Six school districts across the state are now rolling out something that may do all of that.

The school districts in Concordia, Marysville, McPherson, Blue Valley, Hugoton and Kansas City, Kan., are all part of something called the Coalition of Innovative School Districts and they all want, among other things, to license teachers differently. In a way, they say, that works best for them.

A committee in the Kansas House has advanced a plan to balance the current fiscal year’s budget. The bill transfers money from sources like the state highway fund, and makes other changes, to help fill a budget hole. But lawmakers decided not to take as much as originally planned from a fund for kids’ programs.

Stephen Koranda / Kansas Public Radio

A bill in the Kansas Senate would reduce the amount of state aid to most school districts in Kansas in the current fiscal year.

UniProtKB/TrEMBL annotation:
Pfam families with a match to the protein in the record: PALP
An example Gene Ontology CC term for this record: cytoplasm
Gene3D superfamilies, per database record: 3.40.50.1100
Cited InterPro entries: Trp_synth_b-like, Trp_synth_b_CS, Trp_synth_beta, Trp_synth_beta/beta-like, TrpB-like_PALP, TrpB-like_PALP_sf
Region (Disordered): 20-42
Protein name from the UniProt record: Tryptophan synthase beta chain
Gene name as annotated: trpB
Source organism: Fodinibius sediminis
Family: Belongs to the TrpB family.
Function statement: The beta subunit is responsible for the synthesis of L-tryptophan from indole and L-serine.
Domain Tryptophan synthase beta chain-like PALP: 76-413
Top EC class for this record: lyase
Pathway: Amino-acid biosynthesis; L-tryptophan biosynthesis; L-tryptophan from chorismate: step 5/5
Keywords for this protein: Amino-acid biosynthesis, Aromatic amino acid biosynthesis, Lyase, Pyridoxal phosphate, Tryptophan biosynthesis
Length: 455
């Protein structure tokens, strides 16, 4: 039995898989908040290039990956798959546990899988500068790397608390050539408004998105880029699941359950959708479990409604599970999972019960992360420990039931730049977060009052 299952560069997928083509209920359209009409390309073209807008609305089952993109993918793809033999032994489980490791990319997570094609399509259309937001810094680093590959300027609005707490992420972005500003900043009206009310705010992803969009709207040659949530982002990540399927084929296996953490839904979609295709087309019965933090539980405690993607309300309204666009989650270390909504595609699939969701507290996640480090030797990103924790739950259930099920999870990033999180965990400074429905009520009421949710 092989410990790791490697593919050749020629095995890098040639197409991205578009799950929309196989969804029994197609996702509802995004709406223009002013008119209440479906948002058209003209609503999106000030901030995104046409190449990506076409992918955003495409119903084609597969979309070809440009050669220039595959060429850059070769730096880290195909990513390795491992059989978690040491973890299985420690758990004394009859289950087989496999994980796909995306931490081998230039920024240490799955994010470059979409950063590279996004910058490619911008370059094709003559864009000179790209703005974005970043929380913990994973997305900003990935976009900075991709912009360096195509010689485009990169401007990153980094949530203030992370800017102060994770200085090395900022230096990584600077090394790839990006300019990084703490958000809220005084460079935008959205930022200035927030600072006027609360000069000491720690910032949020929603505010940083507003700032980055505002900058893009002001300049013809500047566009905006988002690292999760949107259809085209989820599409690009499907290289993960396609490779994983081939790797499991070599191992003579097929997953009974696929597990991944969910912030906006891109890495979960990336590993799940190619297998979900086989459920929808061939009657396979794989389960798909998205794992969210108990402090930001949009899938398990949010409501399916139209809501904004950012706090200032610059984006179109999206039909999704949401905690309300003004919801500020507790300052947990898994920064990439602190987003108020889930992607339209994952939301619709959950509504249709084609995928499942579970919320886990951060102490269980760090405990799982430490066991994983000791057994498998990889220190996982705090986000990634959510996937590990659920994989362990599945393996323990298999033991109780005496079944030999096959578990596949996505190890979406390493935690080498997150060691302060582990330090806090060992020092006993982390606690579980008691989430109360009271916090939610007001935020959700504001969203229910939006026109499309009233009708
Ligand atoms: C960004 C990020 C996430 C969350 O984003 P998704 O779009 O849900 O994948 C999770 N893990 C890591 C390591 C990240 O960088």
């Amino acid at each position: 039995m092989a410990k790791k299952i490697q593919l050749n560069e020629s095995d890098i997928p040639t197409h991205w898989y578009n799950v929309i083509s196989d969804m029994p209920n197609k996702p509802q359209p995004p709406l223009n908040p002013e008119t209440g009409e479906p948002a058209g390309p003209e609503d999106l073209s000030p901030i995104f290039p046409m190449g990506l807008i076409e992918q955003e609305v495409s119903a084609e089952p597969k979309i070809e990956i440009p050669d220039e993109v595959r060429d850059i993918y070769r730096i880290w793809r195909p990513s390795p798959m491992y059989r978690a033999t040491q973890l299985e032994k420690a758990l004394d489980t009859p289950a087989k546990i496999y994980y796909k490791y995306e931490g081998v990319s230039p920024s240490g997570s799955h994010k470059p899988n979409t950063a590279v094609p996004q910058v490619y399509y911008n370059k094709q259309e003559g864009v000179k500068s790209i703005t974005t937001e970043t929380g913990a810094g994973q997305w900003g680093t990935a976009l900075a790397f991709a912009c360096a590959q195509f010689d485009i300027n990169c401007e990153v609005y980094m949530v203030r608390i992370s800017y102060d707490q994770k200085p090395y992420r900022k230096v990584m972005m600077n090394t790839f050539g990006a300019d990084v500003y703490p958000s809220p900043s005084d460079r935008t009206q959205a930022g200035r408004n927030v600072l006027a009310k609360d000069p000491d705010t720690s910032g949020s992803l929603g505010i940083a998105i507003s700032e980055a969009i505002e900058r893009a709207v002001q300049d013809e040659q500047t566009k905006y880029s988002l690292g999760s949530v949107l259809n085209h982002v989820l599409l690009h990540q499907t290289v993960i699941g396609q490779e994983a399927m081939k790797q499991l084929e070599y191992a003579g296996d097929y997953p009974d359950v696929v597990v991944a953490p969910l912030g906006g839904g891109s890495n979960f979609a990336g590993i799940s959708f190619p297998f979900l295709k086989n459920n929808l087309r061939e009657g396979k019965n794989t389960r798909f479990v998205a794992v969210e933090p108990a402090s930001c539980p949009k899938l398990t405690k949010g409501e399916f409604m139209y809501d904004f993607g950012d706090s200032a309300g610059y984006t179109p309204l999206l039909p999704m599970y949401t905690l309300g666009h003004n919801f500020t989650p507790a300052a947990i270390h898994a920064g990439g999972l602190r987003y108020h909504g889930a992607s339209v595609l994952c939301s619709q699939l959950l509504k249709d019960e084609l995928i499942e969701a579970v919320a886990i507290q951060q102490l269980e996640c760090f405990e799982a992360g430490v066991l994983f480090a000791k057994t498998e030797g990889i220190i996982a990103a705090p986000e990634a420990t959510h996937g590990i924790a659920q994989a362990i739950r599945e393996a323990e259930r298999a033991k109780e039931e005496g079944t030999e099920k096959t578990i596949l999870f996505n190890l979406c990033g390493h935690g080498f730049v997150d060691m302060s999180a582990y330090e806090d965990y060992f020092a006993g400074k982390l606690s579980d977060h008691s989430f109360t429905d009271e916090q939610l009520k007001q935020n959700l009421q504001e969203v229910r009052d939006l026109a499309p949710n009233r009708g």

The measure is what educators in Kansas feared the most — a bill that would force districts to cut their budgets before the current fiscal year ends in July.

The measure would cut state aid for Local Option Budgets, that portion of school budgets raised through local property tax.

The state provides money to help equalize those taxes between wealthy and low-income districts.

Stephen Koranda / Kansas Public Radio

The watch word for school funding in Kansas is now block grants. But how that will work remains a mystery to educators.

Gov. Sam Brownback wants to scrap the current per pupil funding formula which, he says, is complicated and inefficient.

While lawmakers try to write a new formula, Brownback proposes to give school districts lump sum payments over the next two fiscal years equal to about what they receive now.

Across the state, that’s $3 billion in aid to local school districts.

Frank Morris / KCUR

Charles and David Koch are well known for funding political campaigns, but the Kochs also donate tens of millions of dollars to colleges and universities.